I was a very happy child, sheltered and adored by parents who understood instinctively how best to give me the peaceful space I needed without ever letting me feel lonely or afraid.  My world was full of music; my father had grown up in a musical family and made the house ring with everything he loved: opera, swing, jazz, folk, chamber music.  I would wake in the morning to the sound of his singing along to whatever was on the record player.  He would tell me the stories of his favorite operas, and dance me in his arms while he half-sang, half-translated the arias.  He loved all the tragic endings and he made me love them too, held me in his arms while I cried a little girl’s tears at the death of the characters whose stories and songs were so sweet. 

My parents pretty much missed the revolutions of the 1960s; my dad went to Ireland in 1963 for a two-year stint pursuing his MA at Trinity while my mom worked as a computer programmer in California, then they married outside Dublin and went straight to UVA where my dad got his PhD in 18th-Cent. English Literature while my mom programmed computers and had me and my baby brother. The family moved to Oregon in 1970, where we settled and stayed.  Much of the musical revolution of the hippie era completely passed my household by; I grew up with Woody Guthrie, Pete Seeger, Theo Bikel, the Kingston Trio—no Bob Dylan, Janis Joplin, Joni Mitchell.  Only as a near-adult did I catch up a little, although my anachronistic musical tastes have raised eyebrows amongst my friends for decades.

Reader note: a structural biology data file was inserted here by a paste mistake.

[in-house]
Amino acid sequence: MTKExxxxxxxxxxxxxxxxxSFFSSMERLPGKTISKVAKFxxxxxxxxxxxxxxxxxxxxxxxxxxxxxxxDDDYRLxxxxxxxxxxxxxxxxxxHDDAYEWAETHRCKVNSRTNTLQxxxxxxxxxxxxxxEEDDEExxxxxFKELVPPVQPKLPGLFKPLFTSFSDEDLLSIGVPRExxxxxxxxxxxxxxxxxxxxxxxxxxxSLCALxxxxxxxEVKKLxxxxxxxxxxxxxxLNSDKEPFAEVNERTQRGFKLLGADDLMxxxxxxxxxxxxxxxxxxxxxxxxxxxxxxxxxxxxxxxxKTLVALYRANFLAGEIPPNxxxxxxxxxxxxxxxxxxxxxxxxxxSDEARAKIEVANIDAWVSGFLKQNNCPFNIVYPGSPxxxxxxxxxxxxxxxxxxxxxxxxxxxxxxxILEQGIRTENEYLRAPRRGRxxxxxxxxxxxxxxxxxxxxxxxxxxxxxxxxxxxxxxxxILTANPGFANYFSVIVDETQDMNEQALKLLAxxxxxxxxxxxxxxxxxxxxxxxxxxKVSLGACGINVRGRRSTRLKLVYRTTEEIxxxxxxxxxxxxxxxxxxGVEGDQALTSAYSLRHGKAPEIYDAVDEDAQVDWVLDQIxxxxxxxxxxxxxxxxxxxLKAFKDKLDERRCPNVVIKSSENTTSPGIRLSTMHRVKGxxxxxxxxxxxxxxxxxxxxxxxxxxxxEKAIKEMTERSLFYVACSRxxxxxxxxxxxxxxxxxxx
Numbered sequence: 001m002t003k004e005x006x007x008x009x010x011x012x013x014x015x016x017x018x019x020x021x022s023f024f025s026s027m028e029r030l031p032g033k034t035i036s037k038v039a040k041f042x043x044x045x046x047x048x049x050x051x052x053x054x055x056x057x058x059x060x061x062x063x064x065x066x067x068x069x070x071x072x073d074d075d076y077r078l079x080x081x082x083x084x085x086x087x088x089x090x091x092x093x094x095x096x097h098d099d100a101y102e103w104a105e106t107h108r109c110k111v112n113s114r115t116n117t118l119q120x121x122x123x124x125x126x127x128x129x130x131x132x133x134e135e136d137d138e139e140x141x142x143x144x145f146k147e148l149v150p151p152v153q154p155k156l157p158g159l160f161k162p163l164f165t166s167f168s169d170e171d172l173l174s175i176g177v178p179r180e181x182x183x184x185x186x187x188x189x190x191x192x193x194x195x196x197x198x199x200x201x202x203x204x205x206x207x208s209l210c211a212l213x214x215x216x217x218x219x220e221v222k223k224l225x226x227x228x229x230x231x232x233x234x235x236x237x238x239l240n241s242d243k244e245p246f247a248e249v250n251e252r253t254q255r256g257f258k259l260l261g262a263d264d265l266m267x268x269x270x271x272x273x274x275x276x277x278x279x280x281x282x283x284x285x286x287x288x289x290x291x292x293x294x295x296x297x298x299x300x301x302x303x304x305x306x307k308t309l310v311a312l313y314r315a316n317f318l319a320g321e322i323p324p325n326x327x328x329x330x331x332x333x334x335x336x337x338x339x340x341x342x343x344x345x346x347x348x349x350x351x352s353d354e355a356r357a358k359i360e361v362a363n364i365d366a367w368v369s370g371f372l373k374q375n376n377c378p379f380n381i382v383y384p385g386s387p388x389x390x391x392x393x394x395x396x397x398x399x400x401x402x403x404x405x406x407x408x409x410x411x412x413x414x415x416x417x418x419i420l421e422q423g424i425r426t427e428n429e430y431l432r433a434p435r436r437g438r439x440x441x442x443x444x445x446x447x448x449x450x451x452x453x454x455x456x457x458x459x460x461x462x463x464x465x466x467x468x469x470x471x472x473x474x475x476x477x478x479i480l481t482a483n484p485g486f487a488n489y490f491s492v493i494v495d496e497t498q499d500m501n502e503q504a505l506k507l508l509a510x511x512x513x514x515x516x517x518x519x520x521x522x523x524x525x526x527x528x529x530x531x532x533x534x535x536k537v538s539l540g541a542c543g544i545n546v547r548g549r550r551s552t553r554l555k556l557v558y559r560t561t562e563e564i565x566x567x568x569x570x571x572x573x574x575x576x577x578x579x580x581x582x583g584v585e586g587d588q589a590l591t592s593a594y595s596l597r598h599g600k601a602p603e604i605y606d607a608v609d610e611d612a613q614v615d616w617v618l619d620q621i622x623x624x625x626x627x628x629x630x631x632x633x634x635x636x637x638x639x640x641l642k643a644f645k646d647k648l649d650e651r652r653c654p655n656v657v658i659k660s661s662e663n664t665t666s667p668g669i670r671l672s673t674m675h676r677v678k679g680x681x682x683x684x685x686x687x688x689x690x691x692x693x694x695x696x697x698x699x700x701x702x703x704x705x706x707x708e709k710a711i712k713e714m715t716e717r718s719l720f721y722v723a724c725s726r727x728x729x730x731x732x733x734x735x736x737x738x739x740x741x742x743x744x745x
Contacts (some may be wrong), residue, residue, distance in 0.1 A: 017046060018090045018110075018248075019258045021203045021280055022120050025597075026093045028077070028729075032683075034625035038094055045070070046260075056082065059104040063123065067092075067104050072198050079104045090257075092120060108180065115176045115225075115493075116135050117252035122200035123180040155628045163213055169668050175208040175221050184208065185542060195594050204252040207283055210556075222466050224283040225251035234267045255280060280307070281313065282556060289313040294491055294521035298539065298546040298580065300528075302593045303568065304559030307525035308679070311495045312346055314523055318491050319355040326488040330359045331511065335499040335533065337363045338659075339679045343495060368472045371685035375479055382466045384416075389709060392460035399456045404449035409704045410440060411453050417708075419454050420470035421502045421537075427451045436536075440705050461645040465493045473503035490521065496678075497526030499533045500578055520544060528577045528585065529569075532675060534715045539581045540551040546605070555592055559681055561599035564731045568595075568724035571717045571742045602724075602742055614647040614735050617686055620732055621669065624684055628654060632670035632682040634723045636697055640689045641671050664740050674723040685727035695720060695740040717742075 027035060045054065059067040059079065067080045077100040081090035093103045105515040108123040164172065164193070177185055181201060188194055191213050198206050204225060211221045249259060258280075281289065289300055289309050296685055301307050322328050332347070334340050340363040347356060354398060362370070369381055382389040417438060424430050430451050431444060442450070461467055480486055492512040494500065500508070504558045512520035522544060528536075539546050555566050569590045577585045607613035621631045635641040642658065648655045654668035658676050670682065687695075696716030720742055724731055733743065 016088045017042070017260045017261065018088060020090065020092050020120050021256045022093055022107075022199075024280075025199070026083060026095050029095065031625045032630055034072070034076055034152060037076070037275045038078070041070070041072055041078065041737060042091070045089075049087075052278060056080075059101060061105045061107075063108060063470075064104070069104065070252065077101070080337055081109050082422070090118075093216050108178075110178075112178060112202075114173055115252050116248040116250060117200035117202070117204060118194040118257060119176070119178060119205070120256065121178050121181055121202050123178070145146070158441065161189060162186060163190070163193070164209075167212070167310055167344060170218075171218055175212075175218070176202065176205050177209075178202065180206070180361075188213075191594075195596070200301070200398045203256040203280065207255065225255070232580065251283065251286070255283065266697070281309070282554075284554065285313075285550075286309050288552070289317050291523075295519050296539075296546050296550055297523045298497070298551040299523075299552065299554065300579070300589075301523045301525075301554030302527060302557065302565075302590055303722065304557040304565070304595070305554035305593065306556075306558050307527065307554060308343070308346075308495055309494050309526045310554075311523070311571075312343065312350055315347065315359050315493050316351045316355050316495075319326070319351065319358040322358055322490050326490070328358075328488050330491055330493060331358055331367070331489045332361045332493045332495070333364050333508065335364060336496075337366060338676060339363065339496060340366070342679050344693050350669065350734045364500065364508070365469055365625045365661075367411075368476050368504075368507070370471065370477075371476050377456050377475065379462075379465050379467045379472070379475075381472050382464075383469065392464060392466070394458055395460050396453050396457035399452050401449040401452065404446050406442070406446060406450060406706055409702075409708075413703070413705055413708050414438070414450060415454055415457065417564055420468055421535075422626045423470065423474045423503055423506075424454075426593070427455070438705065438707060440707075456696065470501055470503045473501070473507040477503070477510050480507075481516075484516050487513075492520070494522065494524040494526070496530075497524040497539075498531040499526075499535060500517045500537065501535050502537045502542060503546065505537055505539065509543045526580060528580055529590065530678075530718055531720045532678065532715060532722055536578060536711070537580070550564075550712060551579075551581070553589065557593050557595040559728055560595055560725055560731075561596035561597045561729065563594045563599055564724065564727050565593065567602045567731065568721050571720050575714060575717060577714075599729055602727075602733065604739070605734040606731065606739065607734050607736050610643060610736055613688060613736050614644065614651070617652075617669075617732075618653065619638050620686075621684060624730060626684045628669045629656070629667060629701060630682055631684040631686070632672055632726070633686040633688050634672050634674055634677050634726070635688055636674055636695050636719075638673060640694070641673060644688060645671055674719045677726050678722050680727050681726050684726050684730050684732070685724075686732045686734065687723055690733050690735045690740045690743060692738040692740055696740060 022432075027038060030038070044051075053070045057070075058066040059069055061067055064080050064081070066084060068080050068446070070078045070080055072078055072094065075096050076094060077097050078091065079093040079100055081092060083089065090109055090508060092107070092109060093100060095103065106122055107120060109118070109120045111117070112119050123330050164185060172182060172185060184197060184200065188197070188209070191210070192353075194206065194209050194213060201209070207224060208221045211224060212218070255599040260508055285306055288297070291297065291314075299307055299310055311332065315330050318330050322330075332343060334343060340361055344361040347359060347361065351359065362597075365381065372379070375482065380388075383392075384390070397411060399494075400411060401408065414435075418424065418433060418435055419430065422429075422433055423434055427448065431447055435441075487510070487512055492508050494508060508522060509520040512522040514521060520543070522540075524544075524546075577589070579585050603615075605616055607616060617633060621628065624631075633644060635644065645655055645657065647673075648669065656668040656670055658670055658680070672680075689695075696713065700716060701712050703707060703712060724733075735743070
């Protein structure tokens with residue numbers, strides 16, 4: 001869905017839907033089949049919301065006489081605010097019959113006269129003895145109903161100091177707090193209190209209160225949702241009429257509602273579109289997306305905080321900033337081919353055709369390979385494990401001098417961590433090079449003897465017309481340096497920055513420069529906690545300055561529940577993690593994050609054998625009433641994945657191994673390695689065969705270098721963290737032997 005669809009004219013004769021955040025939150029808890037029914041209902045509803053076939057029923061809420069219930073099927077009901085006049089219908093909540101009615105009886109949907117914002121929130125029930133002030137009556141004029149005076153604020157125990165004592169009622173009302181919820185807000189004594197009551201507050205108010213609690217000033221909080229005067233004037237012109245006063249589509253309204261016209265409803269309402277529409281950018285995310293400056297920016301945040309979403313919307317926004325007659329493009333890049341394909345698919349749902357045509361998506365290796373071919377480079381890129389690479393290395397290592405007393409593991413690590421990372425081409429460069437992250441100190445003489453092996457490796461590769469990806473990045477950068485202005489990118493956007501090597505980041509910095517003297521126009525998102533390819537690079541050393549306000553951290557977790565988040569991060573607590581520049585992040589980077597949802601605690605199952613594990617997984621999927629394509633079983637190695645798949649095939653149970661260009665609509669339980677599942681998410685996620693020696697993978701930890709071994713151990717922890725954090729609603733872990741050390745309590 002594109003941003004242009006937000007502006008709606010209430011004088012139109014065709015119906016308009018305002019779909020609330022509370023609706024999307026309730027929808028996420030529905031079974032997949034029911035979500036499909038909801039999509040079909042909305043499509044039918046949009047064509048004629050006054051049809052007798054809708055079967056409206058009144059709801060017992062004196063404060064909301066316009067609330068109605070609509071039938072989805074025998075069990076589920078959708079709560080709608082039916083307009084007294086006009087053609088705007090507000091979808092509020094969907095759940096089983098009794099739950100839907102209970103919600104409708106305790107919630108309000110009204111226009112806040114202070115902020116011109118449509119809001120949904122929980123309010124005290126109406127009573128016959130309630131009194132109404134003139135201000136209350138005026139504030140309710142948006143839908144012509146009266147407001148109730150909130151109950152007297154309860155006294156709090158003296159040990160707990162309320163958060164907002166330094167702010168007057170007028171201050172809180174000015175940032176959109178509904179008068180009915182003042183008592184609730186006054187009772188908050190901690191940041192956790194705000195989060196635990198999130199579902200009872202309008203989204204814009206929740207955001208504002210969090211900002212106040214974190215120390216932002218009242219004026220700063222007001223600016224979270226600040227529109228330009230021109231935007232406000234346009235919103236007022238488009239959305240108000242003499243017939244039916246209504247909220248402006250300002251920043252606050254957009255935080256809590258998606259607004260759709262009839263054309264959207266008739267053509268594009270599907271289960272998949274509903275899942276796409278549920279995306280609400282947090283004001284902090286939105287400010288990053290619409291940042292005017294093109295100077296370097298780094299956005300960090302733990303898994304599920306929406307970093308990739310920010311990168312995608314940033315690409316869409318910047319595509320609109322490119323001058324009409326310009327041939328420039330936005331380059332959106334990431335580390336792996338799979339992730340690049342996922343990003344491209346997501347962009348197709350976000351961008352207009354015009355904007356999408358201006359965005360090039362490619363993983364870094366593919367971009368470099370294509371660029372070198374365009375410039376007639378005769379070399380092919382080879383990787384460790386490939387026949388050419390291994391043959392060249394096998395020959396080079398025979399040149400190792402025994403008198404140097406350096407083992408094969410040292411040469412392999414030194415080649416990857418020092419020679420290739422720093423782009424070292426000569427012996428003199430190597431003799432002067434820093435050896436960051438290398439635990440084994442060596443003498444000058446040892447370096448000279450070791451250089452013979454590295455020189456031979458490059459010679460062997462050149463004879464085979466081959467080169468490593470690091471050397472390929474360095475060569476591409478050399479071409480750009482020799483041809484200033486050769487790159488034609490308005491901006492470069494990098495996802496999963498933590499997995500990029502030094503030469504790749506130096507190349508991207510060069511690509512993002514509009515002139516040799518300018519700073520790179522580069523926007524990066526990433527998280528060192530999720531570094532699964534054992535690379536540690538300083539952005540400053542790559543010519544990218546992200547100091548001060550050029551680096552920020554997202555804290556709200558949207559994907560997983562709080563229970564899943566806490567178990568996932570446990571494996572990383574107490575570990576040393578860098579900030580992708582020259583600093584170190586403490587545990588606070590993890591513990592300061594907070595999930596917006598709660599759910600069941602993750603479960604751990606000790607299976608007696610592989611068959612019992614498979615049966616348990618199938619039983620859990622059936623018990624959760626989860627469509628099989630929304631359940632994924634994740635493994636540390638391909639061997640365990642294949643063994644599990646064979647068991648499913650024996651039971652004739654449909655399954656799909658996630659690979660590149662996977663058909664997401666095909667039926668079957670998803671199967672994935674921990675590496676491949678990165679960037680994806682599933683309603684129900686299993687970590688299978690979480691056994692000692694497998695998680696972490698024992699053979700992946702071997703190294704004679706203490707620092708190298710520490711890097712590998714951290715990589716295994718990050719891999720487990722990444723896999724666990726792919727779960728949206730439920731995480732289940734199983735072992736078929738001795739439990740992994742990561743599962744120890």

I am still at my best in some ways when there is music playing in a silent house.  It’s as if the friendly ghosts of my youth still haunt my space: people snuggled into comfortable chairs with their noses in books, the smell of cookies and tea, the purring of a cat or crackle of a wood stove fire.  During the brief periods when I have lived alone, I have been able to recreate that feeling, that cocoon of utter comfort; these days when I share my home with another, I create pockets of complete privacy to get my fix—early in the morning, usually, or in the car during the long hours of driving that my job requires.  My boss thinks I’m a hero for being willing to drive across the state at a moment’s notice, but what he doesn’t realize is that those long peaceful hours are my gateway to an orgy of purely self-indulgent musical wallowing.  I learned to love music as a young child and never became much of a student as an adult, so I often feel a bit ignorant and tongue-tied around my friends who have devoted themselves to the intellectual and aesthetic study of music to an extent far beyond my own.  I forget artists’ and compositions’ name in a heartbeat, and can’t hear most of the subtleties that real connoisseurs talk about.   On the flip side, however, my proletarian level of music appreciation makes me easy to please and eager to learn, about almost any music someone thinks is worth listening to.